My friend was on the hunt for a new wood stove. She did a whole lot research and there is a new stove in her living room – not yet hooked up. Here is what we discussed and learned along the way. Please correct me if I am wrong or you know better!
This story is about the operation of a catalytic wood burning appliance.
She has a Blaze King Princess that is nearly 25years old and has decided that it’s not functioning as well as it could be. The chimney pipe into the stove was never sealed when this stove was installed, there are open slits around the door and this negatively affects the operation of the catalytic converter. Which is also also broken and cracked. The bracket that attaches the converter to the stove top is also broken. The inside chamber looks quite rough like it’s been over fired. She’s had ‘an opinion’ from dealers that the stove parts cann’t be replaced and it’s best to go for new. The stove pedestal is fine but unfortunately you cannot buy a new stove separate from the pedestal or legs.
This stove had a huge discrepancy in temperature between the chimney to catalytic temps. Could it be the chimney pipe was really loosing that much heat?
Important Operational Tips – that affect the longevity of the cataytic converter:
- the use of the bypass is important before opening the door to load the stove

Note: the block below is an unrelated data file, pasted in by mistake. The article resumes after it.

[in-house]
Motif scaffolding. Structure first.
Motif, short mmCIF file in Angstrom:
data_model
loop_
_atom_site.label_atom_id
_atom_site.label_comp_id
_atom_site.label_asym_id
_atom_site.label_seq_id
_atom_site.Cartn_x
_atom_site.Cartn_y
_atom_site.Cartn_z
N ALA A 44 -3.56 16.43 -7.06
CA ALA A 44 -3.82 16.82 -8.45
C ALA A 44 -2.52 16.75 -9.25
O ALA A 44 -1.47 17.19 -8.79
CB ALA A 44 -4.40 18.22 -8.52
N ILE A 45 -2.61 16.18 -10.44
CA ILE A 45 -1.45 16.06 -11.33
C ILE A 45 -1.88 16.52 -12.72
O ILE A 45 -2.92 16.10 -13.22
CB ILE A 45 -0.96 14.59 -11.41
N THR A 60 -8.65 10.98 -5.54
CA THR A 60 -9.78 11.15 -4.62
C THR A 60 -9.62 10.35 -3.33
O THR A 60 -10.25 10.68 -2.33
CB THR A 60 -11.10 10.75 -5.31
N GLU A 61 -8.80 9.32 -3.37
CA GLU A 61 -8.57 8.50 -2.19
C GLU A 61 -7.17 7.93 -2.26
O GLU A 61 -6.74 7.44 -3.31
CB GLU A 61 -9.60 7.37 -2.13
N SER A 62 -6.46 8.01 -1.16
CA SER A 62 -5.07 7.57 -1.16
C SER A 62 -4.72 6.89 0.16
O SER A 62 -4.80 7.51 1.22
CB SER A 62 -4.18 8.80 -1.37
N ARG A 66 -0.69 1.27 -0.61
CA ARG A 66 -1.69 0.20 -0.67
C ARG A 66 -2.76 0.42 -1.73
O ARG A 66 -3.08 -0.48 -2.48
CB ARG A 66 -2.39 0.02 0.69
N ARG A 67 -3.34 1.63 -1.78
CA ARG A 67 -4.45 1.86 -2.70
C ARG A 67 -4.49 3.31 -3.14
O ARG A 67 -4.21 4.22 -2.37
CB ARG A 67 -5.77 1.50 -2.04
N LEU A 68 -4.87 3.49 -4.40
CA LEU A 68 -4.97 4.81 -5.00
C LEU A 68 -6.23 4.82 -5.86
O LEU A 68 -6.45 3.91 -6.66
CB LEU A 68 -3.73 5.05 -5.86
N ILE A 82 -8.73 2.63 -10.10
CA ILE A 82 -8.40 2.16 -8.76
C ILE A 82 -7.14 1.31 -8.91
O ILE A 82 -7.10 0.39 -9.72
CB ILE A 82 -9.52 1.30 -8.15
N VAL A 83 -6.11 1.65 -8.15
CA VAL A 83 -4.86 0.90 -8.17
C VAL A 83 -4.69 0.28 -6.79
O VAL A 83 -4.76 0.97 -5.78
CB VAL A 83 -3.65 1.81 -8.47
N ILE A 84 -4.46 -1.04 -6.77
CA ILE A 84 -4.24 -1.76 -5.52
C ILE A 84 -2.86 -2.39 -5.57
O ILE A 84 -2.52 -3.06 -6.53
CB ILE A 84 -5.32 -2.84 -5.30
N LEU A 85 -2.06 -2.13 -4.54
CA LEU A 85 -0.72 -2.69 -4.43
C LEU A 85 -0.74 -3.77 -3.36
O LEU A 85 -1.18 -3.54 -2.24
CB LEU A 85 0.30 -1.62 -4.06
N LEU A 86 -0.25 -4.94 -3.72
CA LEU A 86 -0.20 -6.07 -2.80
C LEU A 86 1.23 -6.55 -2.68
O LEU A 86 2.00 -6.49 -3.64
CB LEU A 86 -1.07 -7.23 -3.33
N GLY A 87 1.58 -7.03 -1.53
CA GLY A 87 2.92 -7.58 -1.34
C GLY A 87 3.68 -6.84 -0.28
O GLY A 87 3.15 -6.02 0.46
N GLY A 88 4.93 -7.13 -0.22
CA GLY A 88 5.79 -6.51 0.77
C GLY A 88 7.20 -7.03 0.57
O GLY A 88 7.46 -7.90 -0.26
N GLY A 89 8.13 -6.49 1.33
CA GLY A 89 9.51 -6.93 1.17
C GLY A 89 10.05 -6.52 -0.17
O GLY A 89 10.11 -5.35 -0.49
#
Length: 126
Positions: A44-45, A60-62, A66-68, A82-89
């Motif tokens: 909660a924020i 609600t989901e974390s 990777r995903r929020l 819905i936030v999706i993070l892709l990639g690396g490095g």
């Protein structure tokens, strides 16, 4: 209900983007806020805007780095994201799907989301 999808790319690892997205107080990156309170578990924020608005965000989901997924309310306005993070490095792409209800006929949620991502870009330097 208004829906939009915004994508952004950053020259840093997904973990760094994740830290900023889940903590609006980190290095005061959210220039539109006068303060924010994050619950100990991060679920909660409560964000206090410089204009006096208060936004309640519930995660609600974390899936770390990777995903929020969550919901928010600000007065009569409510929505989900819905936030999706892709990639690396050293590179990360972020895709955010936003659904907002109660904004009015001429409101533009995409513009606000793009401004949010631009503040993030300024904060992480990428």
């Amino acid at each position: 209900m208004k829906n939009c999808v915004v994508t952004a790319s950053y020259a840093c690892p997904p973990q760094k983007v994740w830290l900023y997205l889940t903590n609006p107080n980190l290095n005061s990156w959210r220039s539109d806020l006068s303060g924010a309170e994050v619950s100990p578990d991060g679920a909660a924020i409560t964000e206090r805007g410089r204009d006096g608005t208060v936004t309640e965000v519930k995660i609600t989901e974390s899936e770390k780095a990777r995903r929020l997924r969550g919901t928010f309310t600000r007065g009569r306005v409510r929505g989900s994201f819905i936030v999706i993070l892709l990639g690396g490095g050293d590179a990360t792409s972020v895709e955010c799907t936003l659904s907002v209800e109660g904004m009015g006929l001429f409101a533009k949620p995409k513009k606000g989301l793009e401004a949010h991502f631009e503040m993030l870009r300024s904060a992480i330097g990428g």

- temperature fluctuations are not good for the converter
-a broken or damaged converter can lead to higher emmisision values and shorter burn rates
- any new EPA stove requires at least 20 – 30 mins of a quick lively burn in order to keep the CONVERTER operating at the best temps. This means before you go to bed or leave the house – you have got to get the stove to temperature – at least 500 and holding – before you shut down the draft.
For more catalytic tips check this out: https://dec.alaska.gov/media/11478/woodstove-catalytic.pdf
Her stove has an air intake pipe that runs out doors into the Princess. This chills the floor somewhat.
She wants to keep the installation simple and use the same chimney and pipe.
She likes a longer burn rate but also low emissions.
Emissions are coming out trumps over burn rate.
According to Blaze King’s dealer look up, in a 200 mile radius of Smithers – only Burns had the Princess in stock.
The King model is ranked for her square footage but a little large for the spot in the room.
The King is rated at 5700 BTU’s but it’s just too hard to control smoke when you open the door, (according to bloggers). For the 5100 BTU’s of the Princess the gain you get with a .4 g/hour emission rate is well worth it! (according to my friend)
Catalytic converters – for this stove are rated to last roughly 5 years, they are about $400 to replace.
My friend uses Birch. Birch is known for hot fires. Emission rates are calculated for other hardwoods and the way it’s stacked in the box also affects the rate estimation. Expecting an exact match in emissions is too much – different woods, different cuts and stacking and different operations of the stove all affect the outcomes.
Starland: They have 2 Princesses left now but lots of Kings and other models. These guys also have pellets by the pallet, 3 types to choose from. Ask for Dolores – she was helpful!
Looks like this is also in the home – located in the same room as the Princess. Good idea eh!
Finally the cash out (roughly):
$4600 out of pocket – plus gas to Burns
$250 off at the register
$500 rebate thru the wood stove exchange program, **when the old stove is decommissioned or recycled and I get the form.
Thank-you my friend, for your research and effort to reduce particulate emissions.
Thank-you for sharing!